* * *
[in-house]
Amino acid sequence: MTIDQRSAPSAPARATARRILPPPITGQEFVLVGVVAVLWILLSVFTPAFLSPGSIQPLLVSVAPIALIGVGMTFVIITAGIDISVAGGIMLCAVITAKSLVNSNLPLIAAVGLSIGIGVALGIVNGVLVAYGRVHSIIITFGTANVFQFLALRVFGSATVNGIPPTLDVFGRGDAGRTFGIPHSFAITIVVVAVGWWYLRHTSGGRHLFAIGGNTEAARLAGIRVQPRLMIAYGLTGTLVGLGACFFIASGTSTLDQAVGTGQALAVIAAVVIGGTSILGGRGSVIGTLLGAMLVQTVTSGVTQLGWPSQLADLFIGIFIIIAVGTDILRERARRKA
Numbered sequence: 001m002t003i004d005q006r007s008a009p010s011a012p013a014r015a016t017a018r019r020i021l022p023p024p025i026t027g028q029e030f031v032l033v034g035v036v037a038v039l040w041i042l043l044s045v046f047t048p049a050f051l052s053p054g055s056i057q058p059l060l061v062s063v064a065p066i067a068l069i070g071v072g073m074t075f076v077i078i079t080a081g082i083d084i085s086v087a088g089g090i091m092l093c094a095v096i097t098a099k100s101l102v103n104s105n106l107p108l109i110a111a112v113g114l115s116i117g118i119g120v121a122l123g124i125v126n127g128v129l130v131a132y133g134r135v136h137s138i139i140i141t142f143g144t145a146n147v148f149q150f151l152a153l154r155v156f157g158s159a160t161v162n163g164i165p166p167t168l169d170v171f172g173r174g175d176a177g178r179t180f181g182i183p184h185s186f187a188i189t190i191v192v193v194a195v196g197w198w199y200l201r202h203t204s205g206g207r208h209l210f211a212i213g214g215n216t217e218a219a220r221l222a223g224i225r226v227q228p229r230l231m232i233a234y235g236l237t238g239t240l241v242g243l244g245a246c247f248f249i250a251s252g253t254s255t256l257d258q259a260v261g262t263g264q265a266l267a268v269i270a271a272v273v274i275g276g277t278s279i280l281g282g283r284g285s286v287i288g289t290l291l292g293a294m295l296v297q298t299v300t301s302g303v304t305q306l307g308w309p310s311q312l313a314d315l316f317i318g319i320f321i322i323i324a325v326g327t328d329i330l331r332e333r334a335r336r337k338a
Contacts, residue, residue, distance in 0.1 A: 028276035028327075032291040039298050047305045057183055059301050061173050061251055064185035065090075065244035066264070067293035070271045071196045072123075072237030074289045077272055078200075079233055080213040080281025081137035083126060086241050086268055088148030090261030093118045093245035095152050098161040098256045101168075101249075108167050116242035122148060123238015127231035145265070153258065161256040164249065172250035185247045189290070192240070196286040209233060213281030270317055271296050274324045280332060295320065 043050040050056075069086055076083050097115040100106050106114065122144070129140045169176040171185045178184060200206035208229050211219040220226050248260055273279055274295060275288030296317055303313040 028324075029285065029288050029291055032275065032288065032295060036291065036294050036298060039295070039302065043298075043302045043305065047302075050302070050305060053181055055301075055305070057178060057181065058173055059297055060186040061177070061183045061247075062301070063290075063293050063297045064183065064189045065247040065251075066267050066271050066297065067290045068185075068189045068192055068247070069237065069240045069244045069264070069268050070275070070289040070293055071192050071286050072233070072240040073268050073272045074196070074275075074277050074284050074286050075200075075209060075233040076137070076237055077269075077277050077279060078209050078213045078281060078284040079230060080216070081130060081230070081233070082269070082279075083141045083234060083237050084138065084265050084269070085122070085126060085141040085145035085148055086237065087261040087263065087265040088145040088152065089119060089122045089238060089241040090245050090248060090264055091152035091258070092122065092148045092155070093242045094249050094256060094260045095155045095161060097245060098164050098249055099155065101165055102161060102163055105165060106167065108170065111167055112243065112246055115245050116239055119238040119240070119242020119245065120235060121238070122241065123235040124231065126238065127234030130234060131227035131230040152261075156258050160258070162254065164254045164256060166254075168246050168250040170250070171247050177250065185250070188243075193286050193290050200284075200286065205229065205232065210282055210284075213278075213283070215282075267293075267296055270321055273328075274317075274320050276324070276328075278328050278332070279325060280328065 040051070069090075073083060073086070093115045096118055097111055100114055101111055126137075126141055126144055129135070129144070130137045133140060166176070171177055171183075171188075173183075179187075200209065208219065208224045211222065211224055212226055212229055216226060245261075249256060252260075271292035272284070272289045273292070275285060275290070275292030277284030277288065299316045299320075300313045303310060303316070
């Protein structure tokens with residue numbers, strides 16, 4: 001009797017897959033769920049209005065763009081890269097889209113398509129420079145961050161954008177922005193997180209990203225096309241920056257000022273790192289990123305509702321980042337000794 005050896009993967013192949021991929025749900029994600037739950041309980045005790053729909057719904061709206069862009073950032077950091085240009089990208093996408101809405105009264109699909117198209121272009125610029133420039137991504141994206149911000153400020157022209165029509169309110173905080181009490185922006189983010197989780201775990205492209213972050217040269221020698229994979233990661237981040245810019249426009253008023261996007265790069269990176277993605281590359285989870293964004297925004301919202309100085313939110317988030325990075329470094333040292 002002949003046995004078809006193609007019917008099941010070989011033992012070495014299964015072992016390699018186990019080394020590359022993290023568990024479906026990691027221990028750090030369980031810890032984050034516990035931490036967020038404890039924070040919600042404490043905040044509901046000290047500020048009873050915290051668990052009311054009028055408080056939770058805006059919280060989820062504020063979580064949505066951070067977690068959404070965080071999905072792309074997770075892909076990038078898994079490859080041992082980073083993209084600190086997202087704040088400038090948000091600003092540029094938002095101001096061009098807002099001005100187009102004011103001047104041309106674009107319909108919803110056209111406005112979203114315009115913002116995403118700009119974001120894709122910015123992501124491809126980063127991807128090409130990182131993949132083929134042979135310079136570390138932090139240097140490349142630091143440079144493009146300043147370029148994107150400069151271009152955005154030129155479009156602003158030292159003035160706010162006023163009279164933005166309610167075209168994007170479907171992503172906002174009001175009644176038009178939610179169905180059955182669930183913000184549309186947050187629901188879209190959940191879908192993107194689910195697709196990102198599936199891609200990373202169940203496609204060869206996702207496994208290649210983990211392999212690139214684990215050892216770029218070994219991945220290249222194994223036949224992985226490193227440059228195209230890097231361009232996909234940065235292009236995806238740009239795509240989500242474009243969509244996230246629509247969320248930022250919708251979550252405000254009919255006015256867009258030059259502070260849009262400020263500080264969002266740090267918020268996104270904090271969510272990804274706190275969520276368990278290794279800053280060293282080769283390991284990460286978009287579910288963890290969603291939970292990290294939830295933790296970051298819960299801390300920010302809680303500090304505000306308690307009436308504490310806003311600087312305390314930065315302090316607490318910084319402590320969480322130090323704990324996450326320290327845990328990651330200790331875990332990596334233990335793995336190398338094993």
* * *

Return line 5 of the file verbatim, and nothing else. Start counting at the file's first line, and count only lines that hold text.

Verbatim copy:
């Protein structure tokens with residue numbers, strides 16, 4: 001009797017897959033769920049209005065763009081890269097889209113398509129420079145961050161954008177922005193997180209990203225096309241920056257000022273790192289990123305509702321980042337000794 005050896009993967013192949021991929025749900029994600037739950041309980045005790053729909057719904061709206069862009073950032077950091085240009089990208093996408101809405105009264109699909117198209121272009125610029133420039137991504141994206149911000153400020157022209165029509169309110173905080181009490185922006189983010197989780201775990205492209213972050217040269221020698229994979233990661237981040245810019249426009253008023261996007265790069269990176277993605281590359285989870293964004297925004301919202309100085313939110317988030325990075329470094333040292 002002949003046995004078809006193609007019917008099941010070989011033992012070495014299964015072992016390699018186990019080394020590359022993290023568990024479906026990691027221990028750090030369980031810890032984050034516990035931490036967020038404890039924070040919600042404490043905040044509901046000290047500020048009873050915290051668990052009311054009028055408080056939770058805006059919280060989820062504020063979580064949505066951070067977690068959404070965080071999905072792309074997770075892909076990038078898994079490859080041992082980073083993209084600190086997202087704040088400038090948000091600003092540029094938002095101001096061009098807002099001005100187009102004011103001047104041309106674009107319909108919803110056209111406005112979203114315009115913002116995403118700009119974001120894709122910015123992501124491809126980063127991807128090409130990182131993949132083929134042979135310079136570390138932090139240097140490349142630091143440079144493009146300043147370029148994107150400069151271009152955005154030129155479009156602003158030292159003035160706010162006023163009279164933005166309610167075209168994007170479907171992503172906002174009001175009644176038009178939610179169905180059955182669930183913000184549309186947050187629901188879209190959940191879908192993107194689910195697709196990102198599936199891609200990373202169940203496609204060869206996702207496994208290649210983990211392999212690139214684990215050892216770029218070994219991945220290249222194994223036949224992985226490193227440059228195209230890097231361009232996909234940065235292009236995806238740009239795509240989500242474009243969509244996230246629509247969320248930022250919708251979550252405000254009919255006015256867009258030059259502070260849009262400020263500080264969002266740090267918020268996104270904090271969510272990804274706190275969520276368990278290794279800053280060293282080769283390991284990460286978009287579910288963890290969603291939970292990290294939830295933790296970051298819960299801390300920010302809680303500090304505000306308690307009436308504490310806003311600087312305390314930065315302090316607490318910084319402590320969480322130090323704990324996450326320290327845990328990651330200790331875990332990596334233990335793995336190398338094993």